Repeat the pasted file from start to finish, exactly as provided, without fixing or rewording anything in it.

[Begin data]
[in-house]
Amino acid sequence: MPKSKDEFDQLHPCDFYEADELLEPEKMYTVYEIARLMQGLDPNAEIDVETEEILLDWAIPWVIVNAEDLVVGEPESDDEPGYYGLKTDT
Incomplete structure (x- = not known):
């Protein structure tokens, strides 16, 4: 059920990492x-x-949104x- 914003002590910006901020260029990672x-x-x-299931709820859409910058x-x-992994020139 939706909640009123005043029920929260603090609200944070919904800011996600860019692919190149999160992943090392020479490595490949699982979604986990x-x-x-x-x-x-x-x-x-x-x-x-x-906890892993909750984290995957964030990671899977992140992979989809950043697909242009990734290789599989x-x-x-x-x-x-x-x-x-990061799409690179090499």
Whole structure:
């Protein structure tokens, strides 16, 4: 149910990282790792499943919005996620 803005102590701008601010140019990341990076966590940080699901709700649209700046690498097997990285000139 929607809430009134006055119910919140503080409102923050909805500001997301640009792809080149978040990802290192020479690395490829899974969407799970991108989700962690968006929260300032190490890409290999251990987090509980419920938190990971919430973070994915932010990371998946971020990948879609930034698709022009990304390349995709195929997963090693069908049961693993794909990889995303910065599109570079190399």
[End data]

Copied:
[in-house]
Amino acid sequence: MPKSKDEFDQLHPCDFYEADELLEPEKMYTVYEIARLMQGLDPNAEIDVETEEILLDWAIPWVIVNAEDLVVGEPESDDEPGYYGLKTDT
Incomplete structure (x- = not known):
């Protein structure tokens, strides 16, 4: 059920990492x-x-949104x- 914003002590910006901020260029990672x-x-x-299931709820859409910058x-x-992994020139 939706909640009123005043029920929260603090609200944070919904800011996600860019692919190149999160992943090392020479490595490949699982979604986990x-x-x-x-x-x-x-x-x-x-x-x-x-906890892993909750984290995957964030990671899977992140992979989809950043697909242009990734290789599989x-x-x-x-x-x-x-x-x-990061799409690179090499």
Whole structure:
């Protein structure tokens, strides 16, 4: 149910990282790792499943919005996620 803005102590701008601010140019990341990076966590940080699901709700649209700046690498097997990285000139 929607809430009134006055119910919140503080409102923050909805500001997301640009792809080149978040990802290192020479690395490829899974969407799970991108989700962690968006929260300032190490890409290999251990987090509980419920938190990971919430973070994915932010990371998946971020990948879609930034698709022009990304390349995709195929997963090693069908049961693993794909990889995303910065599109570079190399």